But teachers do get so much more beyond simply the 5-PD days or Online PD trainings - They also receive the 1-year of intensive implementation support: 

    • Regular, remote video check-ins for teachers with questions or issues with implementation
    • Remote micro-workshops that serve as “just-in-time” refreshers for each upcoming unit
    • On-demand phone and email coaching and support, provided by two dedicated UTeach Computer Science teacher support specialists
    • An online community of practice, facilitated by the UTeach team, designed to answer questions, connect teachers, and encourage the sharing of resources and context-specific adaptations to the curriculum and materials

    And our PD model, we have found, really helps with word-of-mouth from teachers who have stuck it out with us over the year. Our in-house trainers and curricular expert are amazing teachers themselves.

     

     
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    Stephanie Ludi

    Higher Ed Faculty
    May 19, 2017 | 10:30 a.m.

    Hi,

    I like your videos and curriculum.  I am curious as to how students with disabilities are recruited and accommodated in the courses, as well as if teachers have some latitude as to what is taught or how (e.g. changing the language used)?

     
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  • Icon for: Michael DeGraff

    Michael DeGraff

    Co-Presenter
    May 22, 2017 | 10:32 a.m.

    Thanks for your note!

    We leverage the CB materials related to recruiting heavily: https://advancesinap.collegeboard.org/stem/comp...

    This summer we are incorporating materials from UW's Alliance for Accessing Computing Careers in our training and we have suggested modifications for special populations in all of our lesson plans.

    In terms of flexible curriculum, we encourage teachers to adapt our materials to fit their context. Here is a video of UT Austin faculty speaking about our philosophy related to fidelity of implementation. We encourage teachers to adapt our curriculum vs a lock step adoption. However, the materials we created have been tested for over 4 years and iterated several times which we say to emphasize the amount of thought and effort that has already gone into the design. 

    In terms of languages, we strongly believe in our choices of scratch and processing for their accessibility and ease of use (low floor, high ceiling, and wide walls). For more info about why we chose these two platforms here is another video from our online teacher training. We understand that there are other viable options for teachers to choose, but our ability to support their implementation is limited and the materials we have developed would need to be adapted by the instructor. We have opted to have greater depth of support for these two languages rather than accommodating additional languages. We feel that this is more effective for supporting more teachers to implement AP CSP and reach more students.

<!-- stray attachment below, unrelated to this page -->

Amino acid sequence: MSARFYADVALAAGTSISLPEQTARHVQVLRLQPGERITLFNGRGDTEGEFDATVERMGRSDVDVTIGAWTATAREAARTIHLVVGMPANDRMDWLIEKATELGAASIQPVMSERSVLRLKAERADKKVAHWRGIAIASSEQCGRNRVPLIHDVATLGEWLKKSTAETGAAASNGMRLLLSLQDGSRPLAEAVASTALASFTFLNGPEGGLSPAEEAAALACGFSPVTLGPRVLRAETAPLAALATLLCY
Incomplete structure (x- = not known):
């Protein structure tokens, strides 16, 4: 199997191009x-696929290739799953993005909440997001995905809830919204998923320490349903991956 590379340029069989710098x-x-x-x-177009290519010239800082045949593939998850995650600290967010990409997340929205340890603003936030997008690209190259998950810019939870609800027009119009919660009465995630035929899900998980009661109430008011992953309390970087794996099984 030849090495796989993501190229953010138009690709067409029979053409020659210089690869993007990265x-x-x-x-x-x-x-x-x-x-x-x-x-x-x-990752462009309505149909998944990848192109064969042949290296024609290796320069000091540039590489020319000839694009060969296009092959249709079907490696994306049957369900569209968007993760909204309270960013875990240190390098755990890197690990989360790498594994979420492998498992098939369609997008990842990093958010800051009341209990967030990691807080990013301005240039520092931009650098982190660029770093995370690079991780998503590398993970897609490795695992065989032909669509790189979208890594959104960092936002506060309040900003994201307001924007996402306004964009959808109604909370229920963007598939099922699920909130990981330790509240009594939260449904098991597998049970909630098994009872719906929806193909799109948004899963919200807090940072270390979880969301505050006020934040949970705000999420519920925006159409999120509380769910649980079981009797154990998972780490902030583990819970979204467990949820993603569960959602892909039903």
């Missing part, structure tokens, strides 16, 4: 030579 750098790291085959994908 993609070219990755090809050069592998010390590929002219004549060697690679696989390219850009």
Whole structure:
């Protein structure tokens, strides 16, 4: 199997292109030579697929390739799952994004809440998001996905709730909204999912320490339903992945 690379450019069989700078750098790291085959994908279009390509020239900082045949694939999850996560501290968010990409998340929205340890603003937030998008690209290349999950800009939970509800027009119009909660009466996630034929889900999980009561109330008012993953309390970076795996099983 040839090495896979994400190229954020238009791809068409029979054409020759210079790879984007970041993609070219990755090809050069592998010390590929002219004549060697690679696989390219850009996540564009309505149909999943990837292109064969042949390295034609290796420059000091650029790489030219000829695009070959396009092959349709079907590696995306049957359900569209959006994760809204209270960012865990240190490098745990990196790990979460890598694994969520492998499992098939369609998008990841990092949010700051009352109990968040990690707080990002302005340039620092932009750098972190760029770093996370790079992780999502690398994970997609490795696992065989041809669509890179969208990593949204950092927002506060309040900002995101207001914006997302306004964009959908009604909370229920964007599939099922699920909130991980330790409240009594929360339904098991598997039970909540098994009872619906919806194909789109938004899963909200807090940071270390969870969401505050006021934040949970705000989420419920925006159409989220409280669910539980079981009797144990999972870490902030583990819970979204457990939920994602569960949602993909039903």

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  • Icon for: Lien Diaz

    Lien Diaz

    Facilitator
    May 19, 2017 | 02:29 p.m.

    I enjoyed the inclusion of the quote from the K12 CS framework. It is one that I refer to in many instances as  reminder about the importance of minding the diversity gap that still exists in CS education. As I've reviewed this curriculum, a couple things stood out for me. First, the flow of the units in the curriculum seem very effective. Beginning with the Data Representation and Programming units which helps establish a meaning foundation for the role of data in programming. Then going into the Digital Media Processing, Big Data, and Innovative Technologies units allows students to make stronger connections to technologies that have been or can be created with this knowledge. And second, the thoughtful integration and implementation of project based learning approaches in each lesson is commendable. This approach makes more sense in terms of creating a teaching and learning environment that welcomes diversity and diverse learners. I'll be very interested in knowing if this project is collecting data on where this curriculum is being taught, the demographics of teachers and students, and any changes in perspectives on computer science including achievement data and continuation of STEM or computing disciplines as a result of being exposed to this curriculum. Great project!!  

     

     
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    Amy Moreland
  • Icon for: Amy Moreland

    Amy Moreland

    Presenter
    May 19, 2017 | 04:31 p.m.

    Thank you for the kind words, Lien! As you know, this UTeach CS team is a passionate bunch when it comes to PBL and inquiry. We are excited about sitting down with the 1-year 'look' at all the data (via school/teacher/classroom demographics and geo-spread of UTeach CSP course implementation and evaluator surveys) that we have gathered to date. On top of that, we are really interested in seeing the first round of AP CSP results soon (I'm sure we are not alone there!). All together, I have no doubt that our year's work so far will tell a quite the story! We'll be mindful to incorporate the lessons we can learn to improve our work, and especially to hear from the teachers and students' experiences in completing this course over the last year.